Not available for viewing online (unless you have access to paid databases), but affordable copies are available through the publisher, as they have availability, as well as other affordable historical publications. Very good, very detailed attention is paid to the Chowanoke regarding their many court battles, and there are several facsimilies of original Chowan suits. Outstanding. Thanks to Darryl Sauer for submitting this source.
OUTSTANDING new article showing the post-reservation Chowanoke dispersal and new community formation. This particular piece has been wanting in this research field for a long time and fill many holes, answering MANY questions.
Shannon Lee Dawdy, The Meherrin's Secret History of the Dividing Line, in The North Carolina Historical Review, October 1995, Volume LXXII, number 4.
Dawdy goes into excellent detail on the Meherrin people, giving a complete history of them into the late 1700s. Much is also said of the Chowanoke, who had a close relationship with the Meherrin.
I wrote this, so obviously it must be outstanding right? I kid. But I can truthfully say that this is the most in depth study of the Chowan River War (1676) ever done, which is critical in understanding the formation of the original reservation. It is also interesting to note the connections between this war and Bacon's Rebellion, as well as its contribution to Carolina's Culpeper's Rebellion.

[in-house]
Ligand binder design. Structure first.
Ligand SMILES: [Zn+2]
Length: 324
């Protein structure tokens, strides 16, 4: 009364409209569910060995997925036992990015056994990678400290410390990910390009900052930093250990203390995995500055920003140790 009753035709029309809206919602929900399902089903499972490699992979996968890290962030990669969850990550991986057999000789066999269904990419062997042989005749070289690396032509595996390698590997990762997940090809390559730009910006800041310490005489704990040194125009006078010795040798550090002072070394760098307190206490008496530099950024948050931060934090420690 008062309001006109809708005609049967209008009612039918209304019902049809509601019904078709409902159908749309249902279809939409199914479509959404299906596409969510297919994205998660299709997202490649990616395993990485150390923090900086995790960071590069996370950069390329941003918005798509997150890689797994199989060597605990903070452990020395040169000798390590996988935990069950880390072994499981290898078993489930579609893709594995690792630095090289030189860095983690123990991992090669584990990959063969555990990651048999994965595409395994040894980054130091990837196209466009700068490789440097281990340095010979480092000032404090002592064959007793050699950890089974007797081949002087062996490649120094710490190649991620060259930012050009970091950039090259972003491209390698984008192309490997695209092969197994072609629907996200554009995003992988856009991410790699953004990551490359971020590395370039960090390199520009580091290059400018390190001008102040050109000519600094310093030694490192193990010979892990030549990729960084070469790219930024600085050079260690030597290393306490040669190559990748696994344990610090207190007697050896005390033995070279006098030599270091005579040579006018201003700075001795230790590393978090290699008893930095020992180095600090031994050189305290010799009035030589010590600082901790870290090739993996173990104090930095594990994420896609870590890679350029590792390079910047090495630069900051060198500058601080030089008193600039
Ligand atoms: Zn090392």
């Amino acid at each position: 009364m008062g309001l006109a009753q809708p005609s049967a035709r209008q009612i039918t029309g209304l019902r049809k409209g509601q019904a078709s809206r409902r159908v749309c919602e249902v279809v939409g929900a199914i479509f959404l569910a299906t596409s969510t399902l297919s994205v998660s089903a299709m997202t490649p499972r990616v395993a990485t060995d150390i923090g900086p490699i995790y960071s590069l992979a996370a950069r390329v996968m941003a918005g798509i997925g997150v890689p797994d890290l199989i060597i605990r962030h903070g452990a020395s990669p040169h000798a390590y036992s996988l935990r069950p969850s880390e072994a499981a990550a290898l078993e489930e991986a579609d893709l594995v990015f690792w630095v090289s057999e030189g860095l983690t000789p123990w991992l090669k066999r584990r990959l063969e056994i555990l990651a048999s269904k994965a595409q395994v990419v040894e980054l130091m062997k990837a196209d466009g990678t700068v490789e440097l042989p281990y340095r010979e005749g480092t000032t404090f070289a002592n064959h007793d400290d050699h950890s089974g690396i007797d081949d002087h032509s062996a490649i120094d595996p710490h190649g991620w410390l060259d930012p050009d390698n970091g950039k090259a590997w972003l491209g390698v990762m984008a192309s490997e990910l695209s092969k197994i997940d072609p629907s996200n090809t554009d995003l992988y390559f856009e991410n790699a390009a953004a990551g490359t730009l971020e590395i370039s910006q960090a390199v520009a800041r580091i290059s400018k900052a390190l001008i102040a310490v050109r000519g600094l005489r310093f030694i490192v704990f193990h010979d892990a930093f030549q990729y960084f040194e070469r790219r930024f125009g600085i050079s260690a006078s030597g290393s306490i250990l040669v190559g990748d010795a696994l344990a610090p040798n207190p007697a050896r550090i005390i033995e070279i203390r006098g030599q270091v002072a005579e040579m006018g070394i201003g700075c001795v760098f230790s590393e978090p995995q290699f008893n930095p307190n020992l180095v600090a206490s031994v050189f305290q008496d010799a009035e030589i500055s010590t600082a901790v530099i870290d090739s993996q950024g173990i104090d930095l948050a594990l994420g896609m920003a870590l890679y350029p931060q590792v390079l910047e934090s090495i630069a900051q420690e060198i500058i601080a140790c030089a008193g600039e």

I wrote this one also. This outlines how the war of 1644 spilled over into Carolina territory in 1645, chasing a Powhatan group known as the Weyanoke into Chowanoke territory. Often thought to be an expedition against the Carolina Algonquians, I believe (while documentation is extremely limited) that the Chowanoke and Yeopim actually cooperated with the Virginians against their true target, the Weyanoke. These expeditions would form pretenses for land claims for Virginians, essentially being the catalyst for a southern migration of Europeans to the Carolina territory for the first time.
National Geographic, May, 2007 - Containing several articles pertaining to the Jamestown colony, just a day or two's journey north of the Chowan territory. Contains many intertesting newly discovered facts and theories regarding an environmental change that would have affected the Chowans, as well as archealogical and historical information.